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Monica's Mom, the Reluctant Starr Witness

Controversy: Marcia Lewis is positioned to know what really happened between her daughter, Monica S. Lewinsky, and the president. Kenneth Starr wants to know too--so the pressure is on.


Skeptics are incredulous that merely appearing before a grand jury could bring on emotional collapse. Unstrung by salacious accusations? Isn't this the woman whose book "The Private Lives of the Three Tenors" focused on gossip about the sex lives of Jose Carreras, Placido Domingo and Luciano Pavarotti?

Hasn't her editor said the original manuscript contained a fantasized love affair between Domingo and an imaginary fan? What about Lewis' suggestion, described by her publisher, Stephen Schragis, president of the New York-based Carol Publishing Group, that they pump up interest in the book by spreading rumors that Lewis herself had had an affair with Domingo?

Friends answer that these are fragments of a life out of context: "Three Tenors," for example, was standard fare in the world of People magazine journalism.

As for her emotional state, "I don't know how strong she is," says one person who has known Lewis for many years. "She tried to keep going and give her kids the semblance of a normal life" after the divorce, "but it was her love of her kids that kept her going. . . . I don't think of her as all that much of a tower of strength."

A Family Forged in Hardship

Marcia Kay Vilensky was born on April 30, 1948, at Children's Hospital in San Francisco, the same hospital in which her daughter would be born 25 years later.

Marcia's father was 42 and had been living in San Francisco for six years then. Details of his earlier life are obscure, but he attended Moscow University, and some evidence suggests he may have belonged to a rare group of Holocaust survivors known as the "Sugihara Jews."

In the early 1940s, in apparent defiance of his own government, the Japanese consul in Lithuania, Chiune Sugihara, issued thousands of transit visas to desperate Jews and others to go to Japan. Many survived the perilous trip across the Soviet Union and entered Japanese-held Manchuria.

Somehow Samuel Vilensky got to the United States and, by 1948, had established himself as a self-employed import-exporter and married Bronia Poleshuk, a 28-year-old Russian refugee born in the British Concession at Tianjin, China. She had attended Yenching (now Beijing) University and, like thousands of other Jewish and White Russian emigres, apparently survived World War II in northeastern China, only to flee the ensuing civil war.

For a time, Marcia and her parents lived in a modest row house in the Outer Sunset district of San Francisco, but Samuel was attracted to business opportunities in Tokyo.

There, over the next 10 years, fortunes smiled. Upon Samuel's death, Bronia moved back to the United States and settled in Santa Rosa near her mother.

Marcia finished high school there, attended a local junior college for two years and transferred to Cal State Northridge, earning a degree in urban planning. And she met Bernard S. Lewinsky, a medical student beginning his internship at Los Angeles County General.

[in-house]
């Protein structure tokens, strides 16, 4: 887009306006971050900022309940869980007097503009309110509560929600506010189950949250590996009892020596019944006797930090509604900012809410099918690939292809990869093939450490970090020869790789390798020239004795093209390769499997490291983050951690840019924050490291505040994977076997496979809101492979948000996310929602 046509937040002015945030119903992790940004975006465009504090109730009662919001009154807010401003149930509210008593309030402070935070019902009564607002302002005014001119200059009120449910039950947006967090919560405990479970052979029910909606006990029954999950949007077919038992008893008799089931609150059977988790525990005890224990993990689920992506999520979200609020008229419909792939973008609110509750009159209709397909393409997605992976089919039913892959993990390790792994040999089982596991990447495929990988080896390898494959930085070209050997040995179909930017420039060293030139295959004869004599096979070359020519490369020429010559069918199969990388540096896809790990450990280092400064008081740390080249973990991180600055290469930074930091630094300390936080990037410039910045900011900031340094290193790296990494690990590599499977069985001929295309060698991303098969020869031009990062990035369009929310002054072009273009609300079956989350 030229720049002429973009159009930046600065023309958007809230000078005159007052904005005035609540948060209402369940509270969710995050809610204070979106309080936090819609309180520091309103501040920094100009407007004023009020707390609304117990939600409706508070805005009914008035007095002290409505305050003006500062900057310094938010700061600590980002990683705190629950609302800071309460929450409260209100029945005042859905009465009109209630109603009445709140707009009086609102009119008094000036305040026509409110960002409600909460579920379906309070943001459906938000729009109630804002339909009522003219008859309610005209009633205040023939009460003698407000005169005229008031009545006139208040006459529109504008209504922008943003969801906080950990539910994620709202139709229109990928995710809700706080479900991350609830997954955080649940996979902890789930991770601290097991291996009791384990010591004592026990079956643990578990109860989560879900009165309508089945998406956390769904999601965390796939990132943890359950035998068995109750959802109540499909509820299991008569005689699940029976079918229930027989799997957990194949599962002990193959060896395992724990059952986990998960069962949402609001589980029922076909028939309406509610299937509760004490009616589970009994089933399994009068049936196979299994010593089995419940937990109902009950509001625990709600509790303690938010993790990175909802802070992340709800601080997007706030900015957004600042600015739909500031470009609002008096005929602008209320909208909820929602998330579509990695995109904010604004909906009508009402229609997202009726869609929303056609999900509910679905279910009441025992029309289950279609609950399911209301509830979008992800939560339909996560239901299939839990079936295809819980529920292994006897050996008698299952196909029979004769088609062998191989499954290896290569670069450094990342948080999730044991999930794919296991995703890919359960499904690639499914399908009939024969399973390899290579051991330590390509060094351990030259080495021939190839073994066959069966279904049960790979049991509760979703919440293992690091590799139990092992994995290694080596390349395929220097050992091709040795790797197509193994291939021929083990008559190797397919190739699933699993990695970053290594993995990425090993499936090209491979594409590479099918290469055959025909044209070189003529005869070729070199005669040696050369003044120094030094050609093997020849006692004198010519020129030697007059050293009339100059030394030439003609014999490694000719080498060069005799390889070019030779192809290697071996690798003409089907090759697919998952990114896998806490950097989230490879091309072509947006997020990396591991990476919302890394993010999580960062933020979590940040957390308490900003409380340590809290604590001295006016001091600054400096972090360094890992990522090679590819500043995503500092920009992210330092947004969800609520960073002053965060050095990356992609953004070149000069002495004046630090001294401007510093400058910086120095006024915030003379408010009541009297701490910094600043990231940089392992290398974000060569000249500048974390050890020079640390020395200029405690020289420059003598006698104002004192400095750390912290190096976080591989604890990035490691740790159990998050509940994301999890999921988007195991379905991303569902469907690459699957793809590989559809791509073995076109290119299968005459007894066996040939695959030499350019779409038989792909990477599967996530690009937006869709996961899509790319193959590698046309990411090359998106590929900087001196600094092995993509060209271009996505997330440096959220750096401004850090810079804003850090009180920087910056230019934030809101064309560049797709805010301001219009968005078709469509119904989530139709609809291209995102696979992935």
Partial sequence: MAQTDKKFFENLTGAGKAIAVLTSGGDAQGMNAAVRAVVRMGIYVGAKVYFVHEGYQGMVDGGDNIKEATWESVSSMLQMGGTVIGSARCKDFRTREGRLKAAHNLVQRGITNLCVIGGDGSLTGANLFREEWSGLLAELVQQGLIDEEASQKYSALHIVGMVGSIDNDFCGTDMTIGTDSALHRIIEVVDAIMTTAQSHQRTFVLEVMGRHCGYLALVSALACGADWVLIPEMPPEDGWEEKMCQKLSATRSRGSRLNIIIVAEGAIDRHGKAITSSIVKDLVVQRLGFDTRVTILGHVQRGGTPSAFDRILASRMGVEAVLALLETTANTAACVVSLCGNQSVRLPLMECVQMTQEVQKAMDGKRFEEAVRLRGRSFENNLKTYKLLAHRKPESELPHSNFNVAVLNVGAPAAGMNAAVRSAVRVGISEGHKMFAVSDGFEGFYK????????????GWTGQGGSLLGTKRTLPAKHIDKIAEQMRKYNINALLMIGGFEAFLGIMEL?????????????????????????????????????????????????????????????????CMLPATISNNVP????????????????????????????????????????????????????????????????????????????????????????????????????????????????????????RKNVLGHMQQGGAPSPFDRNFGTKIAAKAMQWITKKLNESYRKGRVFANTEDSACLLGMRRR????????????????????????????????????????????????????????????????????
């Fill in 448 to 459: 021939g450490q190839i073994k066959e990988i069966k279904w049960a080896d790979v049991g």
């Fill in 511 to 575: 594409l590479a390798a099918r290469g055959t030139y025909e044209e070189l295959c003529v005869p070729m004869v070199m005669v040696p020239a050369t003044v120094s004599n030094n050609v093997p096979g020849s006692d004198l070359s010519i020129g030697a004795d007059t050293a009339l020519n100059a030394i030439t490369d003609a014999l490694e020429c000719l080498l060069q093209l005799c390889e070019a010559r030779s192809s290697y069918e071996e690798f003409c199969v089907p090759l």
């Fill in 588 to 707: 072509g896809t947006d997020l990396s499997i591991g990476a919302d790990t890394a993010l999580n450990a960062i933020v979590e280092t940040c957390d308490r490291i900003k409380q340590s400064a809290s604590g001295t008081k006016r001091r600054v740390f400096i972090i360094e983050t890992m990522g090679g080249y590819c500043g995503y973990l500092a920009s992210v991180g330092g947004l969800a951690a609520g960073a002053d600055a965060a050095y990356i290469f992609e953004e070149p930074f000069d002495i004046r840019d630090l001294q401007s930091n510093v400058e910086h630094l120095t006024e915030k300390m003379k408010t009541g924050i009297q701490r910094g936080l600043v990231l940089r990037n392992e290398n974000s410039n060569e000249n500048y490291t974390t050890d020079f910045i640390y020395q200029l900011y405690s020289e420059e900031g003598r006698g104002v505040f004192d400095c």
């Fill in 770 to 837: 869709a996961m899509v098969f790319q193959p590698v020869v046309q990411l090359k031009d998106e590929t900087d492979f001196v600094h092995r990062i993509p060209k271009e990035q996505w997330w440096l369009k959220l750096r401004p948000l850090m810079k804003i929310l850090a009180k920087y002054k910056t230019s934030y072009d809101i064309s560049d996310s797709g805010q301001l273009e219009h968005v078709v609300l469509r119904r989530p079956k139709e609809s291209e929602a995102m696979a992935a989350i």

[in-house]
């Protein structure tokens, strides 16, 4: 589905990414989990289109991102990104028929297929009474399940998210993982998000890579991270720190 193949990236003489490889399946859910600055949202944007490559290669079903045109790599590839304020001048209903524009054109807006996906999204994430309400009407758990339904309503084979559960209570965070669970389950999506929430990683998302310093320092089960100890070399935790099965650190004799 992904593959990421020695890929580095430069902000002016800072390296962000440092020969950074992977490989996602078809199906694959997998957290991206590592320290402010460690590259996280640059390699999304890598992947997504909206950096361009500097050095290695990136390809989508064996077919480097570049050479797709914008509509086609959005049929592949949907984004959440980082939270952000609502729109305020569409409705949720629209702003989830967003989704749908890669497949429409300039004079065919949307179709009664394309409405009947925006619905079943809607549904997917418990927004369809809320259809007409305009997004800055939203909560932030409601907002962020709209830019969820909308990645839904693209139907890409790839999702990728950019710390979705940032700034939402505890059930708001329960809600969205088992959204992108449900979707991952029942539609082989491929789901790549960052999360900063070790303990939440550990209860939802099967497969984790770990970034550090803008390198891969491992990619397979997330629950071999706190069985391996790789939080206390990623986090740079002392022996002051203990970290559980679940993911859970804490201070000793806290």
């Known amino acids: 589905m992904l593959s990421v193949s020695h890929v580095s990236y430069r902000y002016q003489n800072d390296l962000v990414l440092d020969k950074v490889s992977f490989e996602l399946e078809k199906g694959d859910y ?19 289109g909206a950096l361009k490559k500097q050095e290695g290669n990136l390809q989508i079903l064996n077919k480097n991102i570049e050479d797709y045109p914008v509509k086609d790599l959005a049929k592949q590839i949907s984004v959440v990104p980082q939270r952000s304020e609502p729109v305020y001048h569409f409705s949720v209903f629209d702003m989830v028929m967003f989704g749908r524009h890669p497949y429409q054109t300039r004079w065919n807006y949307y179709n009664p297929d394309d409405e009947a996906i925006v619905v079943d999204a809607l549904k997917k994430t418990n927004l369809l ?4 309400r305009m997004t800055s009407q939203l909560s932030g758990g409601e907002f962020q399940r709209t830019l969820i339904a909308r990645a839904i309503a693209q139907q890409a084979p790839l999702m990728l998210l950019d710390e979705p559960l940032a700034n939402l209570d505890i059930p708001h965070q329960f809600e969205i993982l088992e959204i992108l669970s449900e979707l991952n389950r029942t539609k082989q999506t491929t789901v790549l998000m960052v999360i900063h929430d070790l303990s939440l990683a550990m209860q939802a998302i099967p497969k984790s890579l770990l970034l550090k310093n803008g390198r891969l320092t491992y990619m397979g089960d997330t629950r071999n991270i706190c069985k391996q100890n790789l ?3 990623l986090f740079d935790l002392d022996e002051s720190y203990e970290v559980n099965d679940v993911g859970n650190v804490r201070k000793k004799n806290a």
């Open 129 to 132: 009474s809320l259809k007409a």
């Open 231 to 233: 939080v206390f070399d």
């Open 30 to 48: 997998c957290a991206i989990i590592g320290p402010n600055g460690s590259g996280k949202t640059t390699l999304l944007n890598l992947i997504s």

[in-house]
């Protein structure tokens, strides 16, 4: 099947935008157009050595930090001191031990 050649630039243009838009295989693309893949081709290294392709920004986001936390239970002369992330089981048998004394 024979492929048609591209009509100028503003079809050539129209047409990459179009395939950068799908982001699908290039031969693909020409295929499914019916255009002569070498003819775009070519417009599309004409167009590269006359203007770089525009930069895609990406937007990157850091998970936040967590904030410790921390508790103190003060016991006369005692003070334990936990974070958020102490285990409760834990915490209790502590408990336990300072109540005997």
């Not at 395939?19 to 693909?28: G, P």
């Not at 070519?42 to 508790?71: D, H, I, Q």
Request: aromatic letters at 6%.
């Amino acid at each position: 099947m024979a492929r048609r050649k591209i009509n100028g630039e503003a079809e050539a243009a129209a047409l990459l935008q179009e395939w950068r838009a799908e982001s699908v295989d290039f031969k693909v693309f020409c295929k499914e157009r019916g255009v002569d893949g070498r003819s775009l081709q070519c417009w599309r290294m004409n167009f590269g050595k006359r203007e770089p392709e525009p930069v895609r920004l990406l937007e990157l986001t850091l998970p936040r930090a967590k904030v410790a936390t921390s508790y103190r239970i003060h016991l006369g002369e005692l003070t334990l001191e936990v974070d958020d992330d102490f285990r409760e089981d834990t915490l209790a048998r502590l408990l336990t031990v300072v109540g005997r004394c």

They were married in 1969 at San Francisco's elegant Fairmont Hotel, a source of great pride to Marcia's mother. But they soon settled into the less glamorous life of a doctor-in-training, first in Los Angeles and then in the Bay Area. Marcia worked for local social welfare agencies, sometimes with troubled children.

Eventually, Lewinsky entered a lucrative radiology oncology practice in Los Angeles. By the late 1970s, he had moved his family--which now included Monica and her younger brother, Michael--into the glittering lifestyle of Beverly Hills.

It was here that Marcia launched her journalism career, adopting Lewis as her professional name. Her sister, Debra, had married a cardiologist, Willmore "Bill" Finerman Jr., whose mother's involvement in local politics led to an invitation for Marcia and Debra to cover city council meetings for Beverly Hills Today.

They graduated to lighthearted society news, wrote similar pieces for the Hollywood Reporter and tried publishing their own upscale quarterly, Beverly Hills Magazine, which survived for only three issues.

The Lewinskys divorced in 1988. The record is shot through with assertions of cruelty and infidelity on Bernard's part and profligate, self-indulgent spending on Marcia's. Given the inflated rhetoric and jugular tactics endemic to such contests, it is hard to judge what the record proves about the individuals, except that it was bruising for everyone--including Monica.

Friends paint a picture of Lewis as mother that is far different from the one suggested by the divorce and the Hollywood reporting career.

Lund, whose son Tyler became close to Michael, remembers Lewis as one of the most devoted of mothers. For at least two years, Lewis was team mother to the baseball squads the two boys played on, responsible for the life-or-death trivia of snack schedules, coaches' gifts and team parties.

"Game after game after game, Marcia and I were in the bleachers rooting for the kids," Lund recalls. "Some parents did a lot, some did nothing. She was always ready to go the extra mile."

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